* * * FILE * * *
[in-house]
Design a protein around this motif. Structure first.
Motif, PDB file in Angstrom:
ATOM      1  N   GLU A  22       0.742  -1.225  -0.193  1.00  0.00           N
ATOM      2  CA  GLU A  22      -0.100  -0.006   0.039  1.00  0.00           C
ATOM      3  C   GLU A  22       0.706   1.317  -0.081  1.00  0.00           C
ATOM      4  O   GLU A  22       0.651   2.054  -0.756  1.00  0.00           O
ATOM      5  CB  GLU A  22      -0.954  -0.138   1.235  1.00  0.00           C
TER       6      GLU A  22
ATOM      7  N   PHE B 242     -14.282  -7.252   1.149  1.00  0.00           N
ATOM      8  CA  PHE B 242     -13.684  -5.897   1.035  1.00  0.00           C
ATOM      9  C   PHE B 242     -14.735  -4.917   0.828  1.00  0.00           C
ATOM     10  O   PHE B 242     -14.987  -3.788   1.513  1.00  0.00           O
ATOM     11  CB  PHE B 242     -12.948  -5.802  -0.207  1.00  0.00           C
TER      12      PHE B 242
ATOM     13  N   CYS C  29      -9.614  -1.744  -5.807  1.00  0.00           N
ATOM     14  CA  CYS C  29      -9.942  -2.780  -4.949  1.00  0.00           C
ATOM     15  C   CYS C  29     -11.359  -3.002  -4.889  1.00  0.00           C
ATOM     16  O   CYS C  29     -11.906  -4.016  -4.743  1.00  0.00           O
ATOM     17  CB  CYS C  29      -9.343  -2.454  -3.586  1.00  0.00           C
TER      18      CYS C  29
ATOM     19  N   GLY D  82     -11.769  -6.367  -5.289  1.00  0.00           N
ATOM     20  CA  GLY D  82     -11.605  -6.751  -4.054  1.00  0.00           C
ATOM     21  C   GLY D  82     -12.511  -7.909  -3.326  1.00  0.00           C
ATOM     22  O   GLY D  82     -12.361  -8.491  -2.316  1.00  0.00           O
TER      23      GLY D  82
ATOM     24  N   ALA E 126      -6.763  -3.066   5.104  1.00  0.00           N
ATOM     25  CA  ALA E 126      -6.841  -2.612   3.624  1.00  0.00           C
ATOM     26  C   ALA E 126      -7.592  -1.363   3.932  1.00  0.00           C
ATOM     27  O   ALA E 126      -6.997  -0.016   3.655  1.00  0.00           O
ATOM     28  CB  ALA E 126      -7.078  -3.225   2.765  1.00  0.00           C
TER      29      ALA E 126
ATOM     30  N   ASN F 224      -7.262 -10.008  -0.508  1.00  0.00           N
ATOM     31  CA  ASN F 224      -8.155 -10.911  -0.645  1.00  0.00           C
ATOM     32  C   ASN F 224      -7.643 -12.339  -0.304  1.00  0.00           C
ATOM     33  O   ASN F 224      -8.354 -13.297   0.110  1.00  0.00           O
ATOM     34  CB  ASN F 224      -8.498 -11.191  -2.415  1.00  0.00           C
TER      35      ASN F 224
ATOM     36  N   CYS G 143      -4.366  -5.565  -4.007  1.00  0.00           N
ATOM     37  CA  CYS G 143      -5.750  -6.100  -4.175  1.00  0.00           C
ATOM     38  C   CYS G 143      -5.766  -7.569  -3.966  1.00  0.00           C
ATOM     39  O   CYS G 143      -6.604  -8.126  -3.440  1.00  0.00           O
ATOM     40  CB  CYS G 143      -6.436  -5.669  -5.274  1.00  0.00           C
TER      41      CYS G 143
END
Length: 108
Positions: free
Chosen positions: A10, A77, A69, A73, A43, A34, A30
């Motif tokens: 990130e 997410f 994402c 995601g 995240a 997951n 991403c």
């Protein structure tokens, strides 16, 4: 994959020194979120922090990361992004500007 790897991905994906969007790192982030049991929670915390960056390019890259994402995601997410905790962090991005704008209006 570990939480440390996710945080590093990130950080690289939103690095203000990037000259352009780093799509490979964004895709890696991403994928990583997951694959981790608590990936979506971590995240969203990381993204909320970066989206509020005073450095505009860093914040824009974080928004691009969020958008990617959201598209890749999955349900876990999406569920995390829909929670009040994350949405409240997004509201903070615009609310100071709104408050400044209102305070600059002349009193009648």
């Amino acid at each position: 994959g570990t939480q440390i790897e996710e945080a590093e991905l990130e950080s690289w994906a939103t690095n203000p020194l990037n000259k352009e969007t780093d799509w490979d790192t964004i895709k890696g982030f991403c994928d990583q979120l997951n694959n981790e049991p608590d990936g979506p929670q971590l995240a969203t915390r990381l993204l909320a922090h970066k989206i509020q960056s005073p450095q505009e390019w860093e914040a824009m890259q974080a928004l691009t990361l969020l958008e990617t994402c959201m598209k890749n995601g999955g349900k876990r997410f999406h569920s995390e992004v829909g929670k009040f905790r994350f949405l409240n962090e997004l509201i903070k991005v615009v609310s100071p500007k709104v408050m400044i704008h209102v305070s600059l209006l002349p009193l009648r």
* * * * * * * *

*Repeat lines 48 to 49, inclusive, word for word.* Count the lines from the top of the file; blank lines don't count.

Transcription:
Chosen positions: A10, A77, A69, A73, A43, A34, A30
């Motif tokens: 990130e 997410f 994402c 995601g 995240a 997951n 991403c």